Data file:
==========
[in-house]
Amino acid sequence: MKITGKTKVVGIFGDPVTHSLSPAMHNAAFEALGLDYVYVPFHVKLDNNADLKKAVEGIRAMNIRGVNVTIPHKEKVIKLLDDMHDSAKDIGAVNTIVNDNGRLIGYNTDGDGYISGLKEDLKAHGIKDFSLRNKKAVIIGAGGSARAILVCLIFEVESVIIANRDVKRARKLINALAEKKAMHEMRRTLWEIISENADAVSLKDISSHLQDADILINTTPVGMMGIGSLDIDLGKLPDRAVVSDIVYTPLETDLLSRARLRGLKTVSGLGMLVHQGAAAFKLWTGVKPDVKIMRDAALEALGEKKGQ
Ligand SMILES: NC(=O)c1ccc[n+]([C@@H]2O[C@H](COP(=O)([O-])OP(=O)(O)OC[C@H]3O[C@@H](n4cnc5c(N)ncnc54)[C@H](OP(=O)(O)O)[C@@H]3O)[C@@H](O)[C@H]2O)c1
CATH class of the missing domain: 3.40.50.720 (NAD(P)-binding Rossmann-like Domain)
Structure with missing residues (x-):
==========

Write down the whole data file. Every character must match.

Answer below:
[in-house]
Amino acid sequence: MKITGKTKVVGIFGDPVTHSLSPAMHNAAFEALGLDYVYVPFHVKLDNNADLKKAVEGIRAMNIRGVNVTIPHKEKVIKLLDDMHDSAKDIGAVNTIVNDNGRLIGYNTDGDGYISGLKEDLKAHGIKDFSLRNKKAVIIGAGGSARAILVCLIFEVESVIIANRDVKRARKLINALAEKKAMHEMRRTLWEIISENADAVSLKDISSHLQDADILINTTPVGMMGIGSLDIDLGKLPDRAVVSDIVYTPLETDLLSRARLRGLKTVSGLGMLVHQGAAAFKLWTGVKPDVKIMRDAALEALGEKKGQ
Ligand SMILES: NC(=O)c1ccc[n+]([C@@H]2O[C@H](COP(=O)([O-])OP(=O)(O)OC[C@H]3O[C@@H](n4cnc5c(N)ncnc54)[C@H](OP(=O)(O)O)[C@@H]3O)[C@@H](O)[C@H]2O)c1
CATH class of the missing domain: 3.40.50.720 (NAD(P)-binding Rossmann-like Domain)
Structure with missing residues (x-):